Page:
Nectarine thinning

fruitluvr13(SoCal 10)April 1, 2013

Hi, I have a nectarine tree that I believe is a snow queen nectarine. I have had it for a few years and it hasn't grown much so advice is appreciated. It is about 4 ft tall and has set fruit for the first time this year and I would like to know how many I should leave if any. I would like to try and leave at least one if you think the tree can handle it. Also, I planted an apricot seed from commercial fruit a year ago and it has grown fairly well. Do you think there is any chance it could ever produce fruit? Thank you.

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Tony(Zone 5. Omaha, Nebraska)


You can thin the fruit every 6-7 inches. Your nectarine will handle it just fine. In regarding the apricot seedling, you just have to wait and see. I know peaches usually turn out pretty good from seeds.


    Bookmark   April 1, 2013 at 5:59PM
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fruitnut Z7 4500ft SW TX

I've got a Snow Queen, 2nd leaf, about 1.5 inch caliper trunk, 4ft tall, with three scaffold branches. I plan to leave about 12 fruit total. That leaves the fruit at about 12 inch spacing. If you are still in doubt a picture of your tree would allow a better estimate for your tree not mine.

I've grown many seedling apricots. Most bore fruit starting about the third year. The fruit generally was good, not great, but very welcome when it came.

    Bookmark   April 1, 2013 at 6:32PM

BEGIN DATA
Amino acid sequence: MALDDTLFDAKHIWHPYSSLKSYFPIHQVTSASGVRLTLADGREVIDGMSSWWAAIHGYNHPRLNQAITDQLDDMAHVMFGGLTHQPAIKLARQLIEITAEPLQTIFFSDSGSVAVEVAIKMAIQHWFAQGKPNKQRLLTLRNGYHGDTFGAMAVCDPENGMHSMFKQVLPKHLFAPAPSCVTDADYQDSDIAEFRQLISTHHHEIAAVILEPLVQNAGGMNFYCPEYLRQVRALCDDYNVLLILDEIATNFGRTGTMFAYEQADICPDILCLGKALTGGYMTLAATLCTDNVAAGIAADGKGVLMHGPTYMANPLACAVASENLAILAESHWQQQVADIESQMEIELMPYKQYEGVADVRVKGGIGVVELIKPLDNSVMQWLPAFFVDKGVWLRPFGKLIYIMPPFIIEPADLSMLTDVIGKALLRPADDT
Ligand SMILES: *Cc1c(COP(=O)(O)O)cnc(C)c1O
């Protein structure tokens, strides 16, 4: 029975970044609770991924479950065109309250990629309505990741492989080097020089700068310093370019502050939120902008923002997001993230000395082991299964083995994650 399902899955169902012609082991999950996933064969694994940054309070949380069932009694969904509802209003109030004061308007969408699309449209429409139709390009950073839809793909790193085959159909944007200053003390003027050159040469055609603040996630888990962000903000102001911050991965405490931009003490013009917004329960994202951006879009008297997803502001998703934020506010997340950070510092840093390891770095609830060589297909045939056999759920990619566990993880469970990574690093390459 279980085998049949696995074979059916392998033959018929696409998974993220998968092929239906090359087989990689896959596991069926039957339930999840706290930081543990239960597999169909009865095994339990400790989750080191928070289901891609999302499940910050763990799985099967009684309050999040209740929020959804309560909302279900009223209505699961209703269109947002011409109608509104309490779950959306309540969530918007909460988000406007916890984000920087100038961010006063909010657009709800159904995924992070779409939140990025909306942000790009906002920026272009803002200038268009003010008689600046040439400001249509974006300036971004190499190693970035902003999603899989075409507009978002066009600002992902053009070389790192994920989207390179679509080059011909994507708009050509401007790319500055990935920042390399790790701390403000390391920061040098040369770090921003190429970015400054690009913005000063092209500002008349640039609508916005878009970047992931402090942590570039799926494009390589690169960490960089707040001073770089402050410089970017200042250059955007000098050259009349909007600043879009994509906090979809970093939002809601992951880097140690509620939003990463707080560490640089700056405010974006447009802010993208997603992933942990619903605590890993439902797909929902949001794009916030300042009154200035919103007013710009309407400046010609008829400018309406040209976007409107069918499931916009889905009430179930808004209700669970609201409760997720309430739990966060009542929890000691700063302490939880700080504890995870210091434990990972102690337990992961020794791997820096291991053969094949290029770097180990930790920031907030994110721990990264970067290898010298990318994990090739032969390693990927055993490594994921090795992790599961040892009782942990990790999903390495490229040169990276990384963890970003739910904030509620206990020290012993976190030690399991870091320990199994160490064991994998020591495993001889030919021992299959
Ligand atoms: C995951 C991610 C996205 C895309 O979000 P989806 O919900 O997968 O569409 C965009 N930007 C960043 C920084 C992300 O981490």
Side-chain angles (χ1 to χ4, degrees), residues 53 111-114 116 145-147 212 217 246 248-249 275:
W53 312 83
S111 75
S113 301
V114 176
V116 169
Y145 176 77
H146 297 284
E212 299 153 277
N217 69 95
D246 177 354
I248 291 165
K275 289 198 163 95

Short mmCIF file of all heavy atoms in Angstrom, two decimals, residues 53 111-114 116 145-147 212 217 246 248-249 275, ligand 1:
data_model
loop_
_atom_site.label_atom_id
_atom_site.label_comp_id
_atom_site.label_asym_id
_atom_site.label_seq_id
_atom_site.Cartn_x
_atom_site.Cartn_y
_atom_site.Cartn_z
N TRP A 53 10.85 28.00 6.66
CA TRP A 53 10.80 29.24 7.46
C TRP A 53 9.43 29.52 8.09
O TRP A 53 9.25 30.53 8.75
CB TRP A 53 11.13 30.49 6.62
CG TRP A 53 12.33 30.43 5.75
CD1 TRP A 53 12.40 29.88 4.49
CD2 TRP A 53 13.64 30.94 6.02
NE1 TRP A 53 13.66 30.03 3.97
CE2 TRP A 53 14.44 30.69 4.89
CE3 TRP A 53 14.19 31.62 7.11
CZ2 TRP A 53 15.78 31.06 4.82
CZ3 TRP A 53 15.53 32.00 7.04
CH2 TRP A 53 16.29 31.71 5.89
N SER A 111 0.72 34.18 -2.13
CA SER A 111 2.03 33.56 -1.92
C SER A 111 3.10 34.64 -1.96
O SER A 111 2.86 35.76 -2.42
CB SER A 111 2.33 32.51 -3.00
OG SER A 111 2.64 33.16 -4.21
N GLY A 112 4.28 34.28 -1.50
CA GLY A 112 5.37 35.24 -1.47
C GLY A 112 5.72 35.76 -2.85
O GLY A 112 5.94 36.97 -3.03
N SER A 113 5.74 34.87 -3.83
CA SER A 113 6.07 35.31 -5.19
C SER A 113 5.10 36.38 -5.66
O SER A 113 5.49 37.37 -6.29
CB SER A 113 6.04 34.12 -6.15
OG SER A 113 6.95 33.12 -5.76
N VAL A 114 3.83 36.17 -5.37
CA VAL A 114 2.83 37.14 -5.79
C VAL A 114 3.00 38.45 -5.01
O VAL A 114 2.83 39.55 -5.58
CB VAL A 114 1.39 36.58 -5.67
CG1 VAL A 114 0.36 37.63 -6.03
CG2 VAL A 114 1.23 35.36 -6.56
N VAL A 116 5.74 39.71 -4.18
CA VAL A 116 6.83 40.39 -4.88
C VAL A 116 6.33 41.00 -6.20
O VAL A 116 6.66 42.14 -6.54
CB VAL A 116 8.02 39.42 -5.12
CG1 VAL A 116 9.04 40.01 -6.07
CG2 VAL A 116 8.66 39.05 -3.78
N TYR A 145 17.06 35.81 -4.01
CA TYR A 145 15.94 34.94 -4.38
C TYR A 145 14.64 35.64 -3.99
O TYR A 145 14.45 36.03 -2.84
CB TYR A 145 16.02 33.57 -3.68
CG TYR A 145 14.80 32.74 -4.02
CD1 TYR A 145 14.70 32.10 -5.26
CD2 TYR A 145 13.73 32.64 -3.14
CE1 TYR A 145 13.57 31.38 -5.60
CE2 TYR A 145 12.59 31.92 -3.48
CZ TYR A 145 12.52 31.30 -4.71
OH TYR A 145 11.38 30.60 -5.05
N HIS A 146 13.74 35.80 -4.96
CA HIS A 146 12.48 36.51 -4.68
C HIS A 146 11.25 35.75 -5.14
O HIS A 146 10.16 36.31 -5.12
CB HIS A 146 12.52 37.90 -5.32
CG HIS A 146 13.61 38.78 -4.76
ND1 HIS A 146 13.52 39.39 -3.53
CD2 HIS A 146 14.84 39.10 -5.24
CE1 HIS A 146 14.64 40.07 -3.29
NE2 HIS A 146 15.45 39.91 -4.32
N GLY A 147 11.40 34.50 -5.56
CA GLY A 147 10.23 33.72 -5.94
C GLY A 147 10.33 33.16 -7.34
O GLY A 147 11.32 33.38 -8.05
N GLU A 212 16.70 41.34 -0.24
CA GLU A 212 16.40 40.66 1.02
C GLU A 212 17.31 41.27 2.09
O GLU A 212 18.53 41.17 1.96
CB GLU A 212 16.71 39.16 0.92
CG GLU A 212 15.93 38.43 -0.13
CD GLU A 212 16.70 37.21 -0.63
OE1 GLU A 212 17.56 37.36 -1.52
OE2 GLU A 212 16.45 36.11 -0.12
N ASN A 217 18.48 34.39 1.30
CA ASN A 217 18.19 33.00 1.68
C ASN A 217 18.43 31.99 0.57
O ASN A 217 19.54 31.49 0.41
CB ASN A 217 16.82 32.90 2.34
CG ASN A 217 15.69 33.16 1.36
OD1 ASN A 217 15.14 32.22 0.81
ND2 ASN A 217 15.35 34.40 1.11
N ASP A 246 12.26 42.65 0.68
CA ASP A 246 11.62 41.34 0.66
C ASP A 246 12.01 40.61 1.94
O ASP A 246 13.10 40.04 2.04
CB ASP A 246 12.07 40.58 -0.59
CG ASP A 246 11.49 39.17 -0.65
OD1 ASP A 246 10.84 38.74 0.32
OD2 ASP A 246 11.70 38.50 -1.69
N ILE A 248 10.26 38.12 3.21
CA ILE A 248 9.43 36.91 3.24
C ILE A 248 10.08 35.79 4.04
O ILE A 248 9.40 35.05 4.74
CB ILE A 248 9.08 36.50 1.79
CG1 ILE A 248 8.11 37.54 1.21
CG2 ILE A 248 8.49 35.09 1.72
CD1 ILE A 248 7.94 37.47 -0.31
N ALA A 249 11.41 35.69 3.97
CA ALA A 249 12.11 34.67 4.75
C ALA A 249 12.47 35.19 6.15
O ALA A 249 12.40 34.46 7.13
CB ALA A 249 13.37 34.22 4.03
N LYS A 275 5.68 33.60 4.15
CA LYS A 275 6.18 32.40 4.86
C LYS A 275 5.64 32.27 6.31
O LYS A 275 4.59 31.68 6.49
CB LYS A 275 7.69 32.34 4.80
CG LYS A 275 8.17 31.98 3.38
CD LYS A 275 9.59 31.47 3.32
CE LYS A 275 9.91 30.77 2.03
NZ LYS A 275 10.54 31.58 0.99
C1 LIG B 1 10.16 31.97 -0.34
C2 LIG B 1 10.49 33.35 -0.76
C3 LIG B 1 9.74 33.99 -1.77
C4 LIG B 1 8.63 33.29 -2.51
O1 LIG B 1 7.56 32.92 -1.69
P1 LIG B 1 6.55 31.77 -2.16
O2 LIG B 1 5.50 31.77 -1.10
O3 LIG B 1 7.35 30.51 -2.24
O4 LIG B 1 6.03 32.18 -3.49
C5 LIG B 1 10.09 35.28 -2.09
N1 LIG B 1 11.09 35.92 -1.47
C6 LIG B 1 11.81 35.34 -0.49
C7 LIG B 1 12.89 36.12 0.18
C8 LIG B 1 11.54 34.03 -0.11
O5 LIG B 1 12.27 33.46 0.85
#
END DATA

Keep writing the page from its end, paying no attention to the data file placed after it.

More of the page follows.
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alan haigh

fruitluvr, it concerns me that your tree remains so small- is it growing in the ground or a pot? Fruiting will only put more stress on the tree if it's in the ground where it should have put out a lot more growth by now.

    Bookmark   April 1, 2013 at 7:24PM
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fruitluvr13(SoCal 10)

Harvestman- The tree is in the ground but it is on a steep hillside which I didnt think about when I planted the tree and soil is not great. Do you have any suggestions for improving the conditions? I doubt I'd be able to dig it up and move it with out killing it although I could try.

And thank you for the advice regarding thinning. I guess I'll just have to see with the apricot!

    Bookmark   April 1, 2013 at 8:34PM
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fruitluvr13(SoCal 10)

By the way, I have other fruit trees as well and other than the avacado none of them have put on significant growth so the problem is probably with the soil although most of the trees are not on the hillside. All of the trees regularly produce new leaves, the trees just aren't getting bigger. Thanks again, any help is much appreciated.

    Bookmark   April 1, 2013 at 8:49PM
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fruitnut Z7 4500ft SW TX


It sounds like you may not be watering enough. What is your current watering method and schedule?

    Bookmark   April 1, 2013 at 9:22PM
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fruitluvr13(SoCal 10)